With every passing week it becomes more likely that Hillary Clinton will be the Democratic Party nominee for president. This thought, alone, should provide the strongest possible motivation to the Bush administration and the Washington Republicans to get their acts together so that the eventual Republican nominee for president doesn't start the general election campaign in too deep a hole.
The polls that show half the country saying they won't vote for Hillary should be discounted. At the election, the choice will not be Hillary or not Hillary -- it will be Hillary or someone else. And that is what the campaign is about.
I admit it is very early days in the nomination process, but Sen. Obama's and former Sen. Edward's campaigns are beginning to look just strong enough to induce the Hillary campaign to continually sharpen its skills (rather than succumb to the instinct to coast or sit on a lead). On the other hand, the candidacies of both Obama and Edwards may have fairly low ceilings, while the Hillary campaign has a solidity that should be able to grind on remorselessly to nomination.
Obama's campaign, at least to my eyes, seems more froth than substance. It was born of a ludicrously enthusiastic media launch. Without spending a penny, his candidacy was given -- by the media -- a plausible credibility that defied political reality. Lacking not only any relevant governmental experience, he also lacked any other professional experience (e.g. military, business) that the public has invariably looked to as alternative preparation for the presidency. At least since the Civil War, Obama would be the least experienced man elected to the presidency.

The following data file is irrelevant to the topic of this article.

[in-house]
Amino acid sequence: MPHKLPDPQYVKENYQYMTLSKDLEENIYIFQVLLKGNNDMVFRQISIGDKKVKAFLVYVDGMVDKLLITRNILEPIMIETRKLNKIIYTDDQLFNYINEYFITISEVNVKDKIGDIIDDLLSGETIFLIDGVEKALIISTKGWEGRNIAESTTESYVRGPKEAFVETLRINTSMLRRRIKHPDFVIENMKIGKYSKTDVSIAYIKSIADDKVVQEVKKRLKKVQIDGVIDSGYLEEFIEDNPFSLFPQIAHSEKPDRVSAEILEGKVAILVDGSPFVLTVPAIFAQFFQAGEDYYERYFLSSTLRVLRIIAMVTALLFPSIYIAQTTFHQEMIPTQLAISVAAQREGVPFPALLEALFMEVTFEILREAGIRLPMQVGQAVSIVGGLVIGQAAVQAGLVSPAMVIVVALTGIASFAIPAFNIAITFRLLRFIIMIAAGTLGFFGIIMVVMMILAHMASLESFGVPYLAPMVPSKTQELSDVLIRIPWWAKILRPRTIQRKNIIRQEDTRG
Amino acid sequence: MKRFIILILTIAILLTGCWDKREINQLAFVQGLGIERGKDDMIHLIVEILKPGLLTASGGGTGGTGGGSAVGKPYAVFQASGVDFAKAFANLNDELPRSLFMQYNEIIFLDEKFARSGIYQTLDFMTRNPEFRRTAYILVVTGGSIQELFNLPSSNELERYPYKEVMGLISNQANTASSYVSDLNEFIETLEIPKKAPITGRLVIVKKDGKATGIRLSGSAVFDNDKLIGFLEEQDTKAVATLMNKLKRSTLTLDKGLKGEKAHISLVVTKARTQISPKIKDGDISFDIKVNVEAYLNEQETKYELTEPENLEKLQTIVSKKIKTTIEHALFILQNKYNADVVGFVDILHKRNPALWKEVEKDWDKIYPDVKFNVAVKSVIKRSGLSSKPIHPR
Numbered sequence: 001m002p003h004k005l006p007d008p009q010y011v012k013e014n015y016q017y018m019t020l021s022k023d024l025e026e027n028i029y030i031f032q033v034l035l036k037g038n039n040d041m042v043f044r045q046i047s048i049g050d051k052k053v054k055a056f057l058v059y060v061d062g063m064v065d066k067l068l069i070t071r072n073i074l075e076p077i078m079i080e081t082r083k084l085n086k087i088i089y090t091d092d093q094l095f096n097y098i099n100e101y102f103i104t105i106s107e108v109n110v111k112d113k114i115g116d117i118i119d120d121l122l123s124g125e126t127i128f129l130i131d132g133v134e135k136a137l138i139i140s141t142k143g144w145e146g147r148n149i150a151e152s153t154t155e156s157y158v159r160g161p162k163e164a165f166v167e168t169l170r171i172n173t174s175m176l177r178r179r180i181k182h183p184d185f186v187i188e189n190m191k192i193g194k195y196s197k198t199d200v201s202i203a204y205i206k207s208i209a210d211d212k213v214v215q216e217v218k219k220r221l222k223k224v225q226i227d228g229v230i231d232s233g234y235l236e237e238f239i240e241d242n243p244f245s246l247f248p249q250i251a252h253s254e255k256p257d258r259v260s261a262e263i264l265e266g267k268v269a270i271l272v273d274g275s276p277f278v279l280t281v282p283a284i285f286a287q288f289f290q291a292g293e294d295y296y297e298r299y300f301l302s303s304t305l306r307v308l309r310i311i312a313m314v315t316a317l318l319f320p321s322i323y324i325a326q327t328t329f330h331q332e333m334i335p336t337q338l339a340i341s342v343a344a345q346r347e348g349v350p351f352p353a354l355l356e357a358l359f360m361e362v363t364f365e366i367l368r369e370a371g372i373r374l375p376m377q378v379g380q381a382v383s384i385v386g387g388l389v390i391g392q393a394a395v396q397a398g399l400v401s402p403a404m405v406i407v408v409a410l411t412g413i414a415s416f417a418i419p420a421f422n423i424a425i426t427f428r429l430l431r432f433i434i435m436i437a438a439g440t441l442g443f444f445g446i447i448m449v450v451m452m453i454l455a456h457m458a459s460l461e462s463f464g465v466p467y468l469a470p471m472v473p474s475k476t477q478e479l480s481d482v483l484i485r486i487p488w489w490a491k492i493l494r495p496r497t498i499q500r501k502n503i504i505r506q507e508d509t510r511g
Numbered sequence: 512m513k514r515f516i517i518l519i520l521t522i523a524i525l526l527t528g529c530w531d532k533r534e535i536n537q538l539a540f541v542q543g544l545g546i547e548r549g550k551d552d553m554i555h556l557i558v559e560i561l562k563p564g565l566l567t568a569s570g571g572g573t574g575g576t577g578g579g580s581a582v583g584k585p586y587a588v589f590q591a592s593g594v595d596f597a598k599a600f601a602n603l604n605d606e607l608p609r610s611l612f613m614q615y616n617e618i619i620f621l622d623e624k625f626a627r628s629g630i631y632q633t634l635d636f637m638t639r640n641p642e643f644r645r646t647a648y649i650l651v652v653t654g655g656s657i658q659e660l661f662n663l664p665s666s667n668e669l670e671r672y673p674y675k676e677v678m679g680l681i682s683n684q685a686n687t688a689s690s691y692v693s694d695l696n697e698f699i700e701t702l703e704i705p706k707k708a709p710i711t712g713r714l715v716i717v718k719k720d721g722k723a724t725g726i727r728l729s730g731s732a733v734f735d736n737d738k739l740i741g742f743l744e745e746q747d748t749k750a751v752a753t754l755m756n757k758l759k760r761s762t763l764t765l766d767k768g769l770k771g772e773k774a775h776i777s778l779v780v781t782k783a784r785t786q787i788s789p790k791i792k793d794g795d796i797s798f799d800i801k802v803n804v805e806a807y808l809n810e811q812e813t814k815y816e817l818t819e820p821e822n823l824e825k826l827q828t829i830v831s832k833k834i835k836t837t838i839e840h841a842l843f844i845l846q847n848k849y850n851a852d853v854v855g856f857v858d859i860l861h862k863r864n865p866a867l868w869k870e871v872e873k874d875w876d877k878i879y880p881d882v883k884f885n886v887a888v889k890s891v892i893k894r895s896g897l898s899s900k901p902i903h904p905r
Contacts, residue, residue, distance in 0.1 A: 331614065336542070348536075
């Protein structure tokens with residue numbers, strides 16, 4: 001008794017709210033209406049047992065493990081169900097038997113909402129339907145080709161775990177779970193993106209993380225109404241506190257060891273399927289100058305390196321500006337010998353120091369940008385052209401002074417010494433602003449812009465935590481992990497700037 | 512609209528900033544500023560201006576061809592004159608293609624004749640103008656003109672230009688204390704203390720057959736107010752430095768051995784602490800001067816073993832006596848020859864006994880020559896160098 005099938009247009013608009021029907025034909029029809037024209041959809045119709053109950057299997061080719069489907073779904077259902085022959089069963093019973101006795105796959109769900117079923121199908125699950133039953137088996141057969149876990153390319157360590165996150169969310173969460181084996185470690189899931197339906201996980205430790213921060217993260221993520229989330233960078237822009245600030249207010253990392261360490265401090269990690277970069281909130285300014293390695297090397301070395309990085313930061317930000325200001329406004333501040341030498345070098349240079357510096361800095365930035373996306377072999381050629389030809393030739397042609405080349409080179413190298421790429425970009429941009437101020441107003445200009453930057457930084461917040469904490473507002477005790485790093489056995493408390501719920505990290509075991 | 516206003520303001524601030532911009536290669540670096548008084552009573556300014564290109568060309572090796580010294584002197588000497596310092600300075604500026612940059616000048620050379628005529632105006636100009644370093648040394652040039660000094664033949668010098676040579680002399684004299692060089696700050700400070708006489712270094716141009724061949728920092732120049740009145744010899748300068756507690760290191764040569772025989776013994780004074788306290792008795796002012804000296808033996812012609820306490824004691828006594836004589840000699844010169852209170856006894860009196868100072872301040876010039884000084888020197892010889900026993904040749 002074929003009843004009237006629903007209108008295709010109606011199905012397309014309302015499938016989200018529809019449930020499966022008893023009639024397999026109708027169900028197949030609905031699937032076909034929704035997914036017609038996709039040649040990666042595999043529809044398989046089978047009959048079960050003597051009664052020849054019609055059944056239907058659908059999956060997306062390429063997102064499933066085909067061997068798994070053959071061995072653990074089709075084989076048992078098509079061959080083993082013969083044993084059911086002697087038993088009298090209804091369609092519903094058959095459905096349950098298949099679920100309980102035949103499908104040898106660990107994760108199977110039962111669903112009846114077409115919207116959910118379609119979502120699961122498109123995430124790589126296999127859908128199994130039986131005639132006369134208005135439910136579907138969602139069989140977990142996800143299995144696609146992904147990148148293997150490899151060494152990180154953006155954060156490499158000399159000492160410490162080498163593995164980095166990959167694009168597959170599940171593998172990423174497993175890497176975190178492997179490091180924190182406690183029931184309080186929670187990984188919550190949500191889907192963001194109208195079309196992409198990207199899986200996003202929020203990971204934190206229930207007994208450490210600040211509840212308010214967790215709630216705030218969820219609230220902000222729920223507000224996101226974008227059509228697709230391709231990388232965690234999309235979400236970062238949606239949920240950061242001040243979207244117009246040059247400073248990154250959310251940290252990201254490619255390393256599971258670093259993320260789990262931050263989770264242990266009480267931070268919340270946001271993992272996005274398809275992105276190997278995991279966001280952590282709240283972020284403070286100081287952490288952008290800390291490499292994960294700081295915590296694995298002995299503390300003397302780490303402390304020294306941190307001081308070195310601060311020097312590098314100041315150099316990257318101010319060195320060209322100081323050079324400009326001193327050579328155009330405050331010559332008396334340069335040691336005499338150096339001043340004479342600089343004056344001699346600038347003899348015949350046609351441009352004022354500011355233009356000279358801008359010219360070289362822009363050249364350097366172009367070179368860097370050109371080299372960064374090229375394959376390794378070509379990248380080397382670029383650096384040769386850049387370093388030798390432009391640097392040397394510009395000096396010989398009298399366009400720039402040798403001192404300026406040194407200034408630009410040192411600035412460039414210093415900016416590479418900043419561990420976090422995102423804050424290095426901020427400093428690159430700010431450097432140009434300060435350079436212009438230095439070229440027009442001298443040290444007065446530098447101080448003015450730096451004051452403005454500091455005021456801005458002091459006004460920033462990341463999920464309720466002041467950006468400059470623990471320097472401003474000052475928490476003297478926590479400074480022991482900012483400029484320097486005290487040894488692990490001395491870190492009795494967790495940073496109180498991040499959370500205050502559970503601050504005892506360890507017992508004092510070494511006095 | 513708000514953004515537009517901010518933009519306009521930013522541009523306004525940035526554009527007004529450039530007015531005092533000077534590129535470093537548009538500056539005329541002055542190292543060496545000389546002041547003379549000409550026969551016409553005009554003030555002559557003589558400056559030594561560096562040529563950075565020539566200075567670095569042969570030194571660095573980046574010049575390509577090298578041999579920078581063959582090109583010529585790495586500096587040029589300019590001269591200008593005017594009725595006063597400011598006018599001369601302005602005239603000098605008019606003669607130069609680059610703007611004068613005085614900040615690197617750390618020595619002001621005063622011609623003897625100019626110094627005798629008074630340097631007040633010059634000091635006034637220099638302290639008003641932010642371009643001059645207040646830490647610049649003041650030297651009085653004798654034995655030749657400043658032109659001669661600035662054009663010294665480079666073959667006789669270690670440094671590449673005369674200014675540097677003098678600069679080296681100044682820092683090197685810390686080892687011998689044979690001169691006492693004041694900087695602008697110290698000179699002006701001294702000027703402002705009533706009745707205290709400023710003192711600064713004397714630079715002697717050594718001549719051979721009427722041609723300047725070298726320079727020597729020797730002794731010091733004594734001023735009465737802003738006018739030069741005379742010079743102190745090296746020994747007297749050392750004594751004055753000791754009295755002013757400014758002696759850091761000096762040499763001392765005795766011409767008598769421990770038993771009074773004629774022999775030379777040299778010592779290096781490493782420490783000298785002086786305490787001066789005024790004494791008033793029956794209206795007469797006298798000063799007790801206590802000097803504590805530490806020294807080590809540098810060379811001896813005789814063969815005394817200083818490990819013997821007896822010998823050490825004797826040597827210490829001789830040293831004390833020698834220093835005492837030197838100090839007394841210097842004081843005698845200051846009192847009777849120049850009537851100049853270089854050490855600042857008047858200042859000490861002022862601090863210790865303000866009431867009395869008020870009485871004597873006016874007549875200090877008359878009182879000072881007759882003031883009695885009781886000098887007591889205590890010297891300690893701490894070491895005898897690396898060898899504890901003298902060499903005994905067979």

All he has are his personal attributes -- which are of mixed political value. Obviously he is attractive, intelligent, eloquent and charismatic. But America has yet to elect as president a black man, or a person who, in his youth was probably Muslim (according to the Los Angeles Times) -- which, unfair as it might be, will weigh on the minds of Americans given the unfolding world events of our time.
Nor is Obama champion for any deeply considered and held great issue of the day. His anti-Iraq war position is essentially perfunctory and -- in the fullness of time -- will be publicly indistinguishable from Hillary's.
The extraordinary excitement in, and size of, his campaign crowds are over-represented by young people -- who invariably are under-represented in the voting booths of both parties. He is a crowd-attracting curiosity -- and a delightful one. But losing presidential campaigns throughout our history have often been marked by large, enthusiastic crowds.
Blankley, who had been suffering from stomach cancer, died Saturday night at Sibley Memorial Hospital in Washington, his wife, Lynda Davis, said Sunday.
In his long career as a political operative and pundit, his most visible role was as a spokesman for and adviser to Gingrich from 1990 to 1997. Gingrich became House Speaker when Republicans took control of the U.S. House of Representatives following the 1994 midterm elections.
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